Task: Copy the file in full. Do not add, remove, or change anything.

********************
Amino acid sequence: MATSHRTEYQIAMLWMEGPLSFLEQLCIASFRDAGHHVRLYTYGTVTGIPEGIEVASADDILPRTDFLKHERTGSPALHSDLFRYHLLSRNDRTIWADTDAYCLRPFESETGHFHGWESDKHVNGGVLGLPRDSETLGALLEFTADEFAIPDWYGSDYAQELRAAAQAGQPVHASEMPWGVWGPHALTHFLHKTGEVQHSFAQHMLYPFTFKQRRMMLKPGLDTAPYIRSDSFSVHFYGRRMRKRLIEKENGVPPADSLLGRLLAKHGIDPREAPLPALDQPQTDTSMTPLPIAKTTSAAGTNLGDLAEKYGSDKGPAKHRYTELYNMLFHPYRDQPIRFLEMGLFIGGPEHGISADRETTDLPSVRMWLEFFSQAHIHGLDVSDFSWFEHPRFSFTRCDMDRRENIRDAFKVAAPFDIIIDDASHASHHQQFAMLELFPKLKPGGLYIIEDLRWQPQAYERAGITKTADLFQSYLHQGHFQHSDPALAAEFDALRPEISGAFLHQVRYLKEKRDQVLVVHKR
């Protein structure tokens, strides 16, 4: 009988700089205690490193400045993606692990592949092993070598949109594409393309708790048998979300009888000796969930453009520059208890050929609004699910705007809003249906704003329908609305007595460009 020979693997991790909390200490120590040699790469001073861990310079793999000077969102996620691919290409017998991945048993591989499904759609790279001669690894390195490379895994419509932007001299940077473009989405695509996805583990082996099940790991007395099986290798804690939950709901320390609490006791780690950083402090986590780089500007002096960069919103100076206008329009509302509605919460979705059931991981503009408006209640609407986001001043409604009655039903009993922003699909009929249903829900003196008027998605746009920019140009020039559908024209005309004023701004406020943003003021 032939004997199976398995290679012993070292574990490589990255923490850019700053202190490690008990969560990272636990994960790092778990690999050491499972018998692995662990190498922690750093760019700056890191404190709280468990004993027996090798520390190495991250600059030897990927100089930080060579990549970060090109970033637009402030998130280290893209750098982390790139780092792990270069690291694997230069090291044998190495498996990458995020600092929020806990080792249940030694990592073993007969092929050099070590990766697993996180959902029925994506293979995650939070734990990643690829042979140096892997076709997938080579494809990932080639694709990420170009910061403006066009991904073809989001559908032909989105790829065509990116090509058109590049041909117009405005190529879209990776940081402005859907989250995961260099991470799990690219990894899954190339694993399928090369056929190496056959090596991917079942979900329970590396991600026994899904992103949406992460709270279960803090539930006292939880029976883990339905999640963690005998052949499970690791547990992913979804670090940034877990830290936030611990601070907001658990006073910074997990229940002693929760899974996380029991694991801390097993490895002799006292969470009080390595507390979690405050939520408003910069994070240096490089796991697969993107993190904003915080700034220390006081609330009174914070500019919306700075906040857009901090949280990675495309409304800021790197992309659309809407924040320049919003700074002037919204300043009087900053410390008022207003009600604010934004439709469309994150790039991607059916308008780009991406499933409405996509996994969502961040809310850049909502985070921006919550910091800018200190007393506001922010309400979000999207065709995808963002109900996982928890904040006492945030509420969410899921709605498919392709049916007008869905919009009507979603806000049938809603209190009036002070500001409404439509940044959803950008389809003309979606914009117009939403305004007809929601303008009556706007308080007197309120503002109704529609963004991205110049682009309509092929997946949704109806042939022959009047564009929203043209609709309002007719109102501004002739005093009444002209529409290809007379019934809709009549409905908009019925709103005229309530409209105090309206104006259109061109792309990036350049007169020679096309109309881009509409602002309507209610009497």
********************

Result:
Amino acid sequence: MATSHRTEYQIAMLWMEGPLSFLEQLCIASFRDAGHHVRLYTYGTVTGIPEGIEVASADDILPRTDFLKHERTGSPALHSDLFRYHLLSRNDRTIWADTDAYCLRPFESETGHFHGWESDKHVNGGVLGLPRDSETLGALLEFTADEFAIPDWYGSDYAQELRAAAQAGQPVHASEMPWGVWGPHALTHFLHKTGEVQHSFAQHMLYPFTFKQRRMMLKPGLDTAPYIRSDSFSVHFYGRRMRKRLIEKENGVPPADSLLGRLLAKHGIDPREAPLPALDQPQTDTSMTPLPIAKTTSAAGTNLGDLAEKYGSDKGPAKHRYTELYNMLFHPYRDQPIRFLEMGLFIGGPEHGISADRETTDLPSVRMWLEFFSQAHIHGLDVSDFSWFEHPRFSFTRCDMDRRENIRDAFKVAAPFDIIIDDASHASHHQQFAMLELFPKLKPGGLYIIEDLRWQPQAYERAGITKTADLFQSYLHQGHFQHSDPALAAEFDALRPEISGAFLHQVRYLKEKRDQVLVVHKR
């Protein structure tokens, strides 16, 4: 009988700089205690490193400045993606692990592949092993070598949109594409393309708790048998979300009888000796969930453009520059208890050929609004699910705007809003249906704003329908609305007595460009 020979693997991790909390200490120590040699790469001073861990310079793999000077969102996620691919290409017998991945048993591989499904759609790279001669690894390195490379895994419509932007001299940077473009989405695509996805583990082996099940790991007395099986290798804690939950709901320390609490006791780690950083402090986590780089500007002096960069919103100076206008329009509302509605919460979705059931991981503009408006209640609407986001001043409604009655039903009993922003699909009929249903829900003196008027998605746009920019140009020039559908024209005309004023701004406020943003003021 032939004997199976398995290679012993070292574990490589990255923490850019700053202190490690008990969560990272636990994960790092778990690999050491499972018998692995662990190498922690750093760019700056890191404190709280468990004993027996090798520390190495991250600059030897990927100089930080060579990549970060090109970033637009402030998130280290893209750098982390790139780092792990270069690291694997230069090291044998190495498996990458995020600092929020806990080792249940030694990592073993007969092929050099070590990766697993996180959902029925994506293979995650939070734990990643690829042979140096892997076709997938080579494809990932080639694709990420170009910061403006066009991904073809989001559908032909989105790829065509990116090509058109590049041909117009405005190529879209990776940081402005859907989250995961260099991470799990690219990894899954190339694993399928090369056929190496056959090596991917079942979900329970590396991600026994899904992103949406992460709270279960803090539930006292939880029976883990339905999640963690005998052949499970690791547990992913979804670090940034877990830290936030611990601070907001658990006073910074997990229940002693929760899974996380029991694991801390097993490895002799006292969470009080390595507390979690405050939520408003910069994070240096490089796991697969993107993190904003915080700034220390006081609330009174914070500019919306700075906040857009901090949280990675495309409304800021790197992309659309809407924040320049919003700074002037919204300043009087900053410390008022207003009600604010934004439709469309994150790039991607059916308008780009991406499933409405996509996994969502961040809310850049909502985070921006919550910091800018200190007393506001922010309400979000999207065709995808963002109900996982928890904040006492945030509420969410899921709605498919392709049916007008869905919009009507979603806000049938809603209190009036002070500001409404439509940044959803950008389809003309979606914009117009939403305004007809929601303008009556706007308080007197309120503002109704529609963004991205110049682009309509092929997946949704109806042939022959009047564009929203043209609709309002007719109102501004002739005093009444002209529409290809007379019934809709009549409905908009019925709103005229309530409209105090309206104006259109061109792309990036350049007169020679096309109309881009509409602002309507209610009497």